Short Poem Saturday – Second Fig – Millay

A Saturday morning spent playing around with photo collages and a cheeky Edna St. Vincent Millay epigram is time well spent, I say!

Have a wonderful weekend, enjoy the collage, and perhaps be inspired by these three links:

1) Ms. Chiara Ricci-Tam, my friend and collaborator in science as well as art, has started her own WordPress Blog! I have been like a broken record over the last two years telling her that the folks on WP are some of the best there are, and that I have made new friends and connected with amazing artists, authors, and poets here. Now she’s here too –  and so, if you don’t mind, click on over to her brand new site Chiaroscurale and say hello!

2) Wave Erasure Books – a vibrant conversation on Twitter, started by Beat Company, reminded me of this awesome site and the one below. You (or the program if you click “random poem”) can erase words from classic texts to create something entirely new. You can also submit your erasure creations to their website to be added to the online collection.

3) Howl your work – this program will take any line you provide and “Howl with it.” I don’t think there is any other way to explain other than to show the results. I put today’s epigram into the algorithm, and this is what popped out:

safe upon the solid rock the ugly houses stand come and see my shining palace built upon the sand!
America upon safe roof street after we’re Passaic, caresses
rocking Long suicide, singing Spaniard sanity radio rose fate were
returning hands to twelve gas a soul trucks governments! Bridge a not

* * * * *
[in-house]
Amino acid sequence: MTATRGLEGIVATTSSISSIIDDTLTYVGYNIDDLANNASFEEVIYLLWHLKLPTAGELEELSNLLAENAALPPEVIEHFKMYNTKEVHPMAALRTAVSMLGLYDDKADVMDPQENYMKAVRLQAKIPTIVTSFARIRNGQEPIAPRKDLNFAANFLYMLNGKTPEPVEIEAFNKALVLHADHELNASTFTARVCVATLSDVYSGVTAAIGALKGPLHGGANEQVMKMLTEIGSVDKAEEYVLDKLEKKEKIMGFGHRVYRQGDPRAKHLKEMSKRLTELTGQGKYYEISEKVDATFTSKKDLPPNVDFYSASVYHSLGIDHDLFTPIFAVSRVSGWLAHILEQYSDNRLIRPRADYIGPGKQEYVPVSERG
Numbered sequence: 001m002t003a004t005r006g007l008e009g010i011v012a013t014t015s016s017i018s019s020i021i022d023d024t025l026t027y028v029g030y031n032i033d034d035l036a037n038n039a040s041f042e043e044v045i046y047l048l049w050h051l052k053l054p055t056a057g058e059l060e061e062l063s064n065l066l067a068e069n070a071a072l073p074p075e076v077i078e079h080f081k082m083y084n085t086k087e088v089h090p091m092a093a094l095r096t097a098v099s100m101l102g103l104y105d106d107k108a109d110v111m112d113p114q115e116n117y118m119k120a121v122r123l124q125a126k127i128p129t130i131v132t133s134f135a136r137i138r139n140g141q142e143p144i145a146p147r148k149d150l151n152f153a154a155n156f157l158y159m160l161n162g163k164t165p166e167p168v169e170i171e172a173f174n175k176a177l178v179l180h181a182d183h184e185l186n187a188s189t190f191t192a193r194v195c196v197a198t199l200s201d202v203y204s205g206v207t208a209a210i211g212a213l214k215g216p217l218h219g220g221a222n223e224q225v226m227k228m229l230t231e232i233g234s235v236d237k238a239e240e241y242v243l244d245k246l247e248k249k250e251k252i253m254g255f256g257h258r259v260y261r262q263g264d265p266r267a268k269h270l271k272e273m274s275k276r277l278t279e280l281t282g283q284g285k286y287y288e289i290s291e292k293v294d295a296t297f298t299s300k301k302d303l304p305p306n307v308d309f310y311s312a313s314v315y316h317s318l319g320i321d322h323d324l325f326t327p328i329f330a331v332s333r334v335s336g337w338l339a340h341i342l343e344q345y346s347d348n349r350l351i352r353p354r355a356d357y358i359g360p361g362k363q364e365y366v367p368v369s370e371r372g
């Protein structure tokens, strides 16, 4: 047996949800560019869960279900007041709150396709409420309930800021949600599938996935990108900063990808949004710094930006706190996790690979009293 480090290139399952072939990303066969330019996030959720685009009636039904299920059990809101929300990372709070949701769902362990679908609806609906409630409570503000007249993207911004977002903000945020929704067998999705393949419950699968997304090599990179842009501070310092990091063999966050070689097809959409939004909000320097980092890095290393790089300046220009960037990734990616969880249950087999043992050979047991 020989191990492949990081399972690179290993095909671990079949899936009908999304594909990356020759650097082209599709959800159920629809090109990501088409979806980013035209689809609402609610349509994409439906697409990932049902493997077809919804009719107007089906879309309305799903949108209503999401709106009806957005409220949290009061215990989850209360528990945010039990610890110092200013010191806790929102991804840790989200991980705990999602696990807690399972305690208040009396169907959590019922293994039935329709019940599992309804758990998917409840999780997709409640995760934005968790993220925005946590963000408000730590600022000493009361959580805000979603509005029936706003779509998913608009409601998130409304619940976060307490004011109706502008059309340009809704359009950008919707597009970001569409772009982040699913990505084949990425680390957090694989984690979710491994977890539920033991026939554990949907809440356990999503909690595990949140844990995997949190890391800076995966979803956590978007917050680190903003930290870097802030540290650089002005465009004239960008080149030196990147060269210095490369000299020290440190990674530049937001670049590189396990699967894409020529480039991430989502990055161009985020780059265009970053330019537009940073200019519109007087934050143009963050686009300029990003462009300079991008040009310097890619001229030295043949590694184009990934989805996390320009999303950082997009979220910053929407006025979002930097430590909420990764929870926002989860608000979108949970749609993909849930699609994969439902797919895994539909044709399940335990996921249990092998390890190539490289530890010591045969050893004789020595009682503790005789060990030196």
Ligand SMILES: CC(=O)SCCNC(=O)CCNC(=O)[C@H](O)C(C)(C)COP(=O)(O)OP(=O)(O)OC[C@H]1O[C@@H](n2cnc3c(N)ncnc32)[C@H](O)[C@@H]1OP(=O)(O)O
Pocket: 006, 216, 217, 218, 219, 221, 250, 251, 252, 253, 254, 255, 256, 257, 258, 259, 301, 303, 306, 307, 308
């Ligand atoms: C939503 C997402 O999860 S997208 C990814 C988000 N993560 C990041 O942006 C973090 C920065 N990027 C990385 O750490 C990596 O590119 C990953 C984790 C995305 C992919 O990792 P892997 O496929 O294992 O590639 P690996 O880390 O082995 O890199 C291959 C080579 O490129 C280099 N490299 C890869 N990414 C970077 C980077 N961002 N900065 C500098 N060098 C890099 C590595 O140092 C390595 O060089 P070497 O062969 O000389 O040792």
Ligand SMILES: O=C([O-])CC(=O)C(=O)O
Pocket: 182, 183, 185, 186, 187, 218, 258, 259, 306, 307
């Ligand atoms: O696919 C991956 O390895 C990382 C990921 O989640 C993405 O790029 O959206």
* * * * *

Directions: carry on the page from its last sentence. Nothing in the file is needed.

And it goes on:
demonic Chinatown the together of up Moloch who entered my soul early!
Moloch in whom Light streaming out of the actual pingpong of the moon
& their hands & a hung jury, and harlequin speech of suicide,
demanding instantaneous

Behold the power of random chance, computer algorithms, and Howl by Alan Ginsberg!

Short Poem Saturday – A Politician – Cummings

APolitician_CummingsE.E. Cummings’ outspoken and often contrarian political views got him into trouble on several occasions during his life – he was even accused of being a spy in France during WWI. His love poetry has had enduring popular appeal – I personally have been to two weddings where his poem [I carry your heart] has been read – but his satirical and political poetry, while perhaps lesser known, make up another major theme in his work. This epigram is a small salty taste of it – and no matter your political persuasion, it is perhaps a feeling we have all had at one point! Drawing (ink on paper) and composition by me. Have a great weekend!

Old Poem Saturday – Safe Upon the Solid Rock – Millay

ESVMepigramEveryone else will be doing love poems today, so I thought I would do something else. Plus, we’ve been spending so much time with one of Edna St. Vincent Millay’s long poems, “Moriturus,” that I thought it would be a good change of pace to throw in one of her shortest – the sharp-edged epigram “Safe Upon the Solid Rock.” Photograph and composition by me. Have a great weekend and may you have only a little snow to shovel!